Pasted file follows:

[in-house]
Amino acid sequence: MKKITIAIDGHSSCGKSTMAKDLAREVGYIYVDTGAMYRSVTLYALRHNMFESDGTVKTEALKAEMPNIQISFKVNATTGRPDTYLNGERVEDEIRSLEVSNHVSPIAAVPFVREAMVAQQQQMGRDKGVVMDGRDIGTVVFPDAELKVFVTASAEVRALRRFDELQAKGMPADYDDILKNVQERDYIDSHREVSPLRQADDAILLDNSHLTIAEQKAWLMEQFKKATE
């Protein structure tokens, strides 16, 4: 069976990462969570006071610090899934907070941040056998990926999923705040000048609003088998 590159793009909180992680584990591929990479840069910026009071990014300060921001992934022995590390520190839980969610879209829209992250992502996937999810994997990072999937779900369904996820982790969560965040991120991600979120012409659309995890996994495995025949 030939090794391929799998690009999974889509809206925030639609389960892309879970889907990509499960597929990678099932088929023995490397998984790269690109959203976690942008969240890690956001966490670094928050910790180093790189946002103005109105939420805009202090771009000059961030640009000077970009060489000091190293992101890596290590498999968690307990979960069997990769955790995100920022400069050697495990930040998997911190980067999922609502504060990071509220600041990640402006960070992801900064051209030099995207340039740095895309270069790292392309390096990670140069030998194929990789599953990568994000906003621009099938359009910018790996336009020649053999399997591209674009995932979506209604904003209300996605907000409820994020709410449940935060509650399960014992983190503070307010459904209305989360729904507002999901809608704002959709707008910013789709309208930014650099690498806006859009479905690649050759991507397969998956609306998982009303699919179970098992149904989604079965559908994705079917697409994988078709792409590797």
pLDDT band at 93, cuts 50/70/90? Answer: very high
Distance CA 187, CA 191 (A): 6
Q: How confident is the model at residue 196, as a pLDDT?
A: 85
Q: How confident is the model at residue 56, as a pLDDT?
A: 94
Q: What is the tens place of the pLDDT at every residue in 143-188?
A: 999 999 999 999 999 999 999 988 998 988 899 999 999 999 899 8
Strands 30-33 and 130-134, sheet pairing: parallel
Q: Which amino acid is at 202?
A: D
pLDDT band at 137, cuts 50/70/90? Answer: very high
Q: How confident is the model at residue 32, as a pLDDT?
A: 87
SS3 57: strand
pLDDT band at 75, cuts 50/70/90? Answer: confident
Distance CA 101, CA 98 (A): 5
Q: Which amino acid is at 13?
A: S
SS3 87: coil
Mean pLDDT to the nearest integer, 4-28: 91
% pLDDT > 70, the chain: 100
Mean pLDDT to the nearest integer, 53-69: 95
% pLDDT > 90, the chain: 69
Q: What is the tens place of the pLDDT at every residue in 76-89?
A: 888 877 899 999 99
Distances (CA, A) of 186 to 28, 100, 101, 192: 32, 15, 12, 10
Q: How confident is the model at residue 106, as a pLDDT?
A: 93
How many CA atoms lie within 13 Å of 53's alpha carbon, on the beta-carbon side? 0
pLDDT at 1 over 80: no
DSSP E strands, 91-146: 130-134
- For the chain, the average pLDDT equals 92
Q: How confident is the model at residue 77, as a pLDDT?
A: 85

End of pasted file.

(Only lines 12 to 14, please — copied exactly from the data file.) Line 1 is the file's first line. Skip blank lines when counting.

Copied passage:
Strands 30-33 and 130-134, sheet pairing: parallel
Q: Which amino acid is at 202?
A: D